Fangirl by Rainbow Rowell
Genre: Young Adult, Contemporary, Romance
Published by St. Martin's Press on September 10, 2013
Cath is a Simon Snow fan.Wow. Wow. Wow. This book was just magical and amazing and I honestly only have one bad thing to say about it. One. Only one. That's amazing, to say the least. And the only bad thing that I have to say is the Simon Snow aspect of the whole book.
Okay, the whole world is a Simon Snow fan . . .
But for Cath, being a fan is her life — and she’s really good at it. She and her twin sister, Wren, ensconced themselves in the Simon Snow series when they were just kids; it’s what got them through their mother leaving.
Reading. Rereading. Hanging out in Simon Snow forums, writing Simon Snow fan fiction, dressing up like the characters for every movie premiere.
Cath’s sister has mostly grown away from fandom, but Cath can’t let go. She doesn’t want to.
Now that they’re going to college, Wren has told Cath she doesn’t want to be roommates. Cath is on her own, completely outside of her comfort zone. She’s got a surly roommate with a charming, always-around boyfriend, a fiction-writing professor who thinks fan fiction is the end of the civilized world, a handsome classmate who only wants to talk about words . . . And she can’t stop worrying about her dad, who’s loving and fragile and has never really been alone.
For Cath, the question is: Can she do this?
Can she make it without Wren holding her hand? Is she ready to start living her own life? Writing her own stories?
And does she even want to move on if it means leaving Simon Snow behind?
I get that this entire novel was based on Simon Snow, but Simon Snow is basically the equivalent to Harry Potter, and no offense to you Potterheads, but Harry Potter is just not for me. So naturally, Simon Snow was just not for me. Eventually, I got past all the Simon Snow and thought about Levi and Reagan, and everything was great again. Rainbow Rowell has a way of creating such realistic characters that I can relate to and understand on a deeper level. My all-time favorite character in this book that wasn't Levi was Reagan. She's exactly what I would want for a college roommate. As for the twins, I thought that the whole Cather/Wren thing was pretty genius (Catherine), but Wren seemed pretty flaky to me. And I understand that Cather used Wren as a crutch her entire life, hiding behind her sister while she quietly wrote fanfiction about Simon Snow. So when Wren and Cath started drifting apart, it naturally took a toll on Cath. Personally, I felt that Cath leaned a bit too much on her twin, but I think that was the point of the book.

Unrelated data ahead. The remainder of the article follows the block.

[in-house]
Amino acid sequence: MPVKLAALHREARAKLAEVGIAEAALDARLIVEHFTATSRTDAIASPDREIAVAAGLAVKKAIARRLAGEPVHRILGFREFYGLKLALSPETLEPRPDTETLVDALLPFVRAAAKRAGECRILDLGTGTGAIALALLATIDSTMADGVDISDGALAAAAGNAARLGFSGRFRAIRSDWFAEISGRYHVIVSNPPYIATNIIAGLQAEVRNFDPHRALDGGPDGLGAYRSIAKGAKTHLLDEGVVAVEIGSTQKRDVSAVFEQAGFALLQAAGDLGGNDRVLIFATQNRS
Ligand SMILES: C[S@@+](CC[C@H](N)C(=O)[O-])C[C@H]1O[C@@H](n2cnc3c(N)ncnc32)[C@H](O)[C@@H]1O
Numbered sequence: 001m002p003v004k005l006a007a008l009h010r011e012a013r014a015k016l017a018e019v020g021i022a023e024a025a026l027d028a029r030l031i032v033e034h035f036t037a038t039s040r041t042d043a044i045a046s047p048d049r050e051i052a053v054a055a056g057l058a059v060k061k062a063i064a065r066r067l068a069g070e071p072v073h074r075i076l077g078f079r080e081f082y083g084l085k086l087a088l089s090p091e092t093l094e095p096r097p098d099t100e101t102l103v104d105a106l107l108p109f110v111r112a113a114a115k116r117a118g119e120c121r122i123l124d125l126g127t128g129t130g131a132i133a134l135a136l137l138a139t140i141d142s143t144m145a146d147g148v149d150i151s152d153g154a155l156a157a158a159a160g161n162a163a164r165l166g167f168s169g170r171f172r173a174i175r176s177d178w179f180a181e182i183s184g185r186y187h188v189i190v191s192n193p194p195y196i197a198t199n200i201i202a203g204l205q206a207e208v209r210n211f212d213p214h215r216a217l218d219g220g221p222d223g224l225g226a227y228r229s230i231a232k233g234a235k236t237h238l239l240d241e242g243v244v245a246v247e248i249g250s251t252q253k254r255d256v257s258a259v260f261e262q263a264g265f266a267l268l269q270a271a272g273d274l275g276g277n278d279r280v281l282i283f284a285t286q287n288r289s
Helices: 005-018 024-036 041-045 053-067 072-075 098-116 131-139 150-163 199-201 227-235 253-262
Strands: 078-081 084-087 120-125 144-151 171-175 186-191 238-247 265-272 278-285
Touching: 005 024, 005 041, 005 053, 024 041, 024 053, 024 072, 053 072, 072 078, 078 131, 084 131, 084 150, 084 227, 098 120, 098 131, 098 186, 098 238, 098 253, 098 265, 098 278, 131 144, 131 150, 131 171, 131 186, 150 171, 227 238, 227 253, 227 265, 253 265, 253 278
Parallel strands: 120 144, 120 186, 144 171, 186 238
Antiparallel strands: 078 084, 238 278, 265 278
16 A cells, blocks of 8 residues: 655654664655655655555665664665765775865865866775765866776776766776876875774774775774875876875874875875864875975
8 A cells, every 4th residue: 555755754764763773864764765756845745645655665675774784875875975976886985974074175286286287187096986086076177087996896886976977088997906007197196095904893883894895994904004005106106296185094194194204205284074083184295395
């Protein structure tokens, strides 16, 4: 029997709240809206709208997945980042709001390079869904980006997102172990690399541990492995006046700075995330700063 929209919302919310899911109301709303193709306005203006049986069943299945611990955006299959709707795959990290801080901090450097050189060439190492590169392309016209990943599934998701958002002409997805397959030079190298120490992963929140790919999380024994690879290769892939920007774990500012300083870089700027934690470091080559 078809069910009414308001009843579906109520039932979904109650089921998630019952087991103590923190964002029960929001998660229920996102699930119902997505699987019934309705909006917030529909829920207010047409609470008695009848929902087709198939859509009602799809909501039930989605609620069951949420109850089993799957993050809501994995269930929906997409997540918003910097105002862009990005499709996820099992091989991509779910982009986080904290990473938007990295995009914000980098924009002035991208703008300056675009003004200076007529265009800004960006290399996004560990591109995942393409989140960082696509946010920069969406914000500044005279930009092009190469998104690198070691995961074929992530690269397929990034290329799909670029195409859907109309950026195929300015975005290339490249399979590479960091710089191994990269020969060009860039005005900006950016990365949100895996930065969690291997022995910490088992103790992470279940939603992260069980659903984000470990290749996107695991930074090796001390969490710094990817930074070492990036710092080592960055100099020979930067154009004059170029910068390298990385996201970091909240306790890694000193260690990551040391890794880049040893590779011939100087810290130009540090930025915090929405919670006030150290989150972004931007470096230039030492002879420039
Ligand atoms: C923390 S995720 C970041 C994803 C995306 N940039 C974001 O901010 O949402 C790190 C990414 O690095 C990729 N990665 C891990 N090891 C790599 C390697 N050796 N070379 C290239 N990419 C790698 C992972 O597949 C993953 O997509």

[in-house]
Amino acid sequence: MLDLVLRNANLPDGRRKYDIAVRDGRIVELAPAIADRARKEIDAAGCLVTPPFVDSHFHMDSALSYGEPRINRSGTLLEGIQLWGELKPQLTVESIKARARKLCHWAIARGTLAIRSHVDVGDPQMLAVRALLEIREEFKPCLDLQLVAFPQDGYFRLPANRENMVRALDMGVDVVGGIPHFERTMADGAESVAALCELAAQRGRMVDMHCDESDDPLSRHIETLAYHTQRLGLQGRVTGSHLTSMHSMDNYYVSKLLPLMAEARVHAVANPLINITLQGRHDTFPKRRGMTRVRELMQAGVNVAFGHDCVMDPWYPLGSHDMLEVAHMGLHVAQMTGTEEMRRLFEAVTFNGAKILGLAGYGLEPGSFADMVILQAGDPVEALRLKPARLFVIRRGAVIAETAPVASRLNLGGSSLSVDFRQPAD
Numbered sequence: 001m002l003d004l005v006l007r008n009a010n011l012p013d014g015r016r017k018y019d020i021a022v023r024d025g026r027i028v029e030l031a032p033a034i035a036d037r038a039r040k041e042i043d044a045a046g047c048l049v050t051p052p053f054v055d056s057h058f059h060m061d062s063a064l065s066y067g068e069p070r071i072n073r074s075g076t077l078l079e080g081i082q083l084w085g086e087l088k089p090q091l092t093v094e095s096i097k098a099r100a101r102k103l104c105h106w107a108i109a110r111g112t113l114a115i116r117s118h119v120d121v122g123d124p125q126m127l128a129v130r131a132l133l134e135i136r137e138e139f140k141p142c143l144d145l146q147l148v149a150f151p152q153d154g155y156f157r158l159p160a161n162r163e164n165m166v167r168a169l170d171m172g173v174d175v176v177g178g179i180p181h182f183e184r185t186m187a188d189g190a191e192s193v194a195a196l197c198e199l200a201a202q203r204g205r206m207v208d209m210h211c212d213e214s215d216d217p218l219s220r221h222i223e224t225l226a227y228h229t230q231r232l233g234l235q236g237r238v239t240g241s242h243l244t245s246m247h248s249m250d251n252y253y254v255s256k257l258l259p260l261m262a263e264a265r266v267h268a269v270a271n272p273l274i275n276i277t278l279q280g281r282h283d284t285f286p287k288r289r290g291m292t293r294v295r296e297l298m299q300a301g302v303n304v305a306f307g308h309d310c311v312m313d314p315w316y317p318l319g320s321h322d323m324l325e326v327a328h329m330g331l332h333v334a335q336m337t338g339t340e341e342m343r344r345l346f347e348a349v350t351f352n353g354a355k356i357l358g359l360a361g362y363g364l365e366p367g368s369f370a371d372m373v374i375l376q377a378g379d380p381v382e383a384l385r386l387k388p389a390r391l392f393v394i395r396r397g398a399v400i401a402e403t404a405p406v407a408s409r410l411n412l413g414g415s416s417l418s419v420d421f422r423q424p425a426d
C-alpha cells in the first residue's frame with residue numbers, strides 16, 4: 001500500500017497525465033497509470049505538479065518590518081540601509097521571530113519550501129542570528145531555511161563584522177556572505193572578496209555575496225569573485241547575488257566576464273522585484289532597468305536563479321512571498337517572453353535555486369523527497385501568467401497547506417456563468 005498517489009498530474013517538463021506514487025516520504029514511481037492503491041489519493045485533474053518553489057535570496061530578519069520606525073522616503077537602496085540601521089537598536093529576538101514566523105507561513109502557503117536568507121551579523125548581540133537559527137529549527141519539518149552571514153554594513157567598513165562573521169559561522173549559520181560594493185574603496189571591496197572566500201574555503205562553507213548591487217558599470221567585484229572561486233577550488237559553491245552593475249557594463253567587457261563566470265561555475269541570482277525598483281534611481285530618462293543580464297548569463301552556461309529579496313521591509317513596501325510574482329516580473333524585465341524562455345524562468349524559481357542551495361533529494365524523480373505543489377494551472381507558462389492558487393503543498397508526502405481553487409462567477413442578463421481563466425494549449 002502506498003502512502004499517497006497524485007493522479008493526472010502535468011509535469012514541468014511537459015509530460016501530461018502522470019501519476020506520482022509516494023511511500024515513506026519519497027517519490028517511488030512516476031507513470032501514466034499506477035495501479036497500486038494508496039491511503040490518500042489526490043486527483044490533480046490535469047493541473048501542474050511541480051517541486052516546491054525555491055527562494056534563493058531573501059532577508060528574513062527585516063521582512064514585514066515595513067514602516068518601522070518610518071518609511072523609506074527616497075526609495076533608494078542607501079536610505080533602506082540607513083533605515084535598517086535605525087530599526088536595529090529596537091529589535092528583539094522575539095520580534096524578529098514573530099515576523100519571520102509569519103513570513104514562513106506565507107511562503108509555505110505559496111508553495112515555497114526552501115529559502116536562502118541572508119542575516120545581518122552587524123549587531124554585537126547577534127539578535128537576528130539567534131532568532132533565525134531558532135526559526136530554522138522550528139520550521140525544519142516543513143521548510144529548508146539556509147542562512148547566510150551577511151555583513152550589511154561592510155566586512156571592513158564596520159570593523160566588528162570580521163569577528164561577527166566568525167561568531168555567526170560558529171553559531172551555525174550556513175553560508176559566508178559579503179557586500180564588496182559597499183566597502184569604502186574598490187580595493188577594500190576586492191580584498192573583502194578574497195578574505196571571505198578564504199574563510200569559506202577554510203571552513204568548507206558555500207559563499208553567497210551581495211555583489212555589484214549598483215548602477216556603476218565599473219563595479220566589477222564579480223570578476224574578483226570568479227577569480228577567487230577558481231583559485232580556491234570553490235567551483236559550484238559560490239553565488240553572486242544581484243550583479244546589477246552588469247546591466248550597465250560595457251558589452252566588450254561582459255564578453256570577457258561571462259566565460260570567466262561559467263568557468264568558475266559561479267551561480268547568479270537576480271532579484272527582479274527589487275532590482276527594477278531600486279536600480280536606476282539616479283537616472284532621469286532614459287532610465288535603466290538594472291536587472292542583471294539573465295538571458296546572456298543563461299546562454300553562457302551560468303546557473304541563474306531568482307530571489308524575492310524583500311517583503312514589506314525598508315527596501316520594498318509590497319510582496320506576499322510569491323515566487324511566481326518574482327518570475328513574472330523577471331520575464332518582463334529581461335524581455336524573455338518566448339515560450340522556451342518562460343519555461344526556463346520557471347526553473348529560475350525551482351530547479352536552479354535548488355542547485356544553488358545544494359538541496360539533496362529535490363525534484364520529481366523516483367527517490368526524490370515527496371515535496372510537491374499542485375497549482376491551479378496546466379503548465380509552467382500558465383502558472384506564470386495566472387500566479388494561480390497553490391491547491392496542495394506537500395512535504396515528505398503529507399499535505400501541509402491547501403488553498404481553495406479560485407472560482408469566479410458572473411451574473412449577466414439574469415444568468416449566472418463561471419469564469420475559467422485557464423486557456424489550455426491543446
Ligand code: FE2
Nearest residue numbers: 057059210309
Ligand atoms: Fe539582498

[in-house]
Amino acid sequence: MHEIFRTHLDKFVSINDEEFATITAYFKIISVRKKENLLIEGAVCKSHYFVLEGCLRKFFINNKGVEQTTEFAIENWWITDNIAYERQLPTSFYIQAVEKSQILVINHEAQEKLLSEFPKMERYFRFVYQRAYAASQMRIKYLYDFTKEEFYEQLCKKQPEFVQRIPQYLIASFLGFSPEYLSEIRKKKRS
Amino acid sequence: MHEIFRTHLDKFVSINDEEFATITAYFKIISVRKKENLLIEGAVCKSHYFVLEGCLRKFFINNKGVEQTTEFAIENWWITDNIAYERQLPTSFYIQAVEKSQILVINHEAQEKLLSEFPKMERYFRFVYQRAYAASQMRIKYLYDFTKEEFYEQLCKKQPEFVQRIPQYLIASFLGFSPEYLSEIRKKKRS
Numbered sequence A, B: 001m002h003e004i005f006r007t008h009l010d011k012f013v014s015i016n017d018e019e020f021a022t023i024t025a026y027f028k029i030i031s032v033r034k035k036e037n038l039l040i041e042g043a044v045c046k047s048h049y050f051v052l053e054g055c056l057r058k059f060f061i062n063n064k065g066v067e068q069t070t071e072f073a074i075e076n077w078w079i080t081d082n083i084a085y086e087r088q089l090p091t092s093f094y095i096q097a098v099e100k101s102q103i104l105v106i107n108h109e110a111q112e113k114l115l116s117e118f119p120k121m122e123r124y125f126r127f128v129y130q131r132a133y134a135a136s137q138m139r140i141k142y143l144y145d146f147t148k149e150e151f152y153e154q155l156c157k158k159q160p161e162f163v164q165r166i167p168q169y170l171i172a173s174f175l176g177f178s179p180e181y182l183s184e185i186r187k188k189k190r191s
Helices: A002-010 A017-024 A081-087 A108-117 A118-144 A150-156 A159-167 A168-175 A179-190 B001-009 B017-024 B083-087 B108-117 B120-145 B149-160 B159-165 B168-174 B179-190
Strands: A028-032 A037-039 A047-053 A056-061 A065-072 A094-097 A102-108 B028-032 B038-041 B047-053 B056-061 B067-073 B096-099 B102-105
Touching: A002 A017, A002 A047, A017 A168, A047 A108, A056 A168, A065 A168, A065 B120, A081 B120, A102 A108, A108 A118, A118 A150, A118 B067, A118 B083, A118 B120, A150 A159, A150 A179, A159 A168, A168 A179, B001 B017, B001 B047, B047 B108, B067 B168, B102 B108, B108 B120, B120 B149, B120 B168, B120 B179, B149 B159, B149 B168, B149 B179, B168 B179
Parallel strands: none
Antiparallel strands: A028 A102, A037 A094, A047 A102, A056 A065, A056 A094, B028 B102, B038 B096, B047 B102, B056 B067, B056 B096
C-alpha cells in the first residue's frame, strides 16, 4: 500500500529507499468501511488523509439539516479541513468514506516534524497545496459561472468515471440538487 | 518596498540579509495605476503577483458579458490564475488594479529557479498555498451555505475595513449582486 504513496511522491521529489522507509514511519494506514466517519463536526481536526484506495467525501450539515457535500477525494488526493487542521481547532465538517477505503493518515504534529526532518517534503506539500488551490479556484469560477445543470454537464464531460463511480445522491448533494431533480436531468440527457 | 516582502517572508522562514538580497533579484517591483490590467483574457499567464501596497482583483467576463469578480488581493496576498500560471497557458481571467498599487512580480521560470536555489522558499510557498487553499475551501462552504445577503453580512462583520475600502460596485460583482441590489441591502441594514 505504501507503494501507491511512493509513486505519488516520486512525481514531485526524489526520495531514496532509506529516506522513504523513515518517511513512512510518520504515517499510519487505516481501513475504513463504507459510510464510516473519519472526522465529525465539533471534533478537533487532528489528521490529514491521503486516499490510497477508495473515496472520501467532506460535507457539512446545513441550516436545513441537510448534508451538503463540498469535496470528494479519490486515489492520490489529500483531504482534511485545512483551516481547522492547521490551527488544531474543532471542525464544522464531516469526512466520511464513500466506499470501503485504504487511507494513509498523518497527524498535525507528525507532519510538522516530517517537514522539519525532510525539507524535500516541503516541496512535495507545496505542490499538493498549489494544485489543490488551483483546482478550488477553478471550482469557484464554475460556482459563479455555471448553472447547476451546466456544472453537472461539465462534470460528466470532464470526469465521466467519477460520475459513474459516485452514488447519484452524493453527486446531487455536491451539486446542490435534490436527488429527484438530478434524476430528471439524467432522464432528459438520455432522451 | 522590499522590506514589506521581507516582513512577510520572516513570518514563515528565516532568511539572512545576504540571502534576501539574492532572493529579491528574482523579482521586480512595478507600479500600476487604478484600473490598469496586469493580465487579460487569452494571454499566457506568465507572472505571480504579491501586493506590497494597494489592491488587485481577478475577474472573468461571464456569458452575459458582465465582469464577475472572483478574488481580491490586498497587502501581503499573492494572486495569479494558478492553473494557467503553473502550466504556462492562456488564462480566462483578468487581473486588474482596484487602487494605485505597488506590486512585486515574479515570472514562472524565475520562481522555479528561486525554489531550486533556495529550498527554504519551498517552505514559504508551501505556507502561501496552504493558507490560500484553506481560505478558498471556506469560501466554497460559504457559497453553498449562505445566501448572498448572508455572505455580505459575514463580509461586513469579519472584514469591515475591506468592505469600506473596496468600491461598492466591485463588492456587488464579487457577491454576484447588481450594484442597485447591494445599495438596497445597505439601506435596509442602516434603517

As for plotting and writing, Rainbow Rowell can do no wrong in my eyes. Her prose is so majestic (yes, I just said majestic), and it was easy to just read. Sometimes, I just want an easy read where I can fly through the pages without difficulty, and Fangirl is definitely one of those books. It's going to be a longtime favorite; I can see it. And the ending was good. Really good. It didn't give that much closure for the characters, but I don't think these specific characters really needed any. The final book in the Simon Snow series was released and yay! The end.
In conclusion, I honestly would've never read this book if it hadn't gone on sale on Amazon for $1.70 for the eBook version. I hate to admit that since I loved it so much, but I honestly just wouldn't have had the time or money to buy it and read it. I was okay with Attachments, and I loved Eleanor & Park. So I had no idea how I was going to feel about this book. And the fanfiction part turned me off even more. I write on Wattpad, and literally in the past year the fanfiction section of Wattpad has spiked so much just because of One freaking Direction. Fanfiction is just not for me, so I was surprised that I loved this book.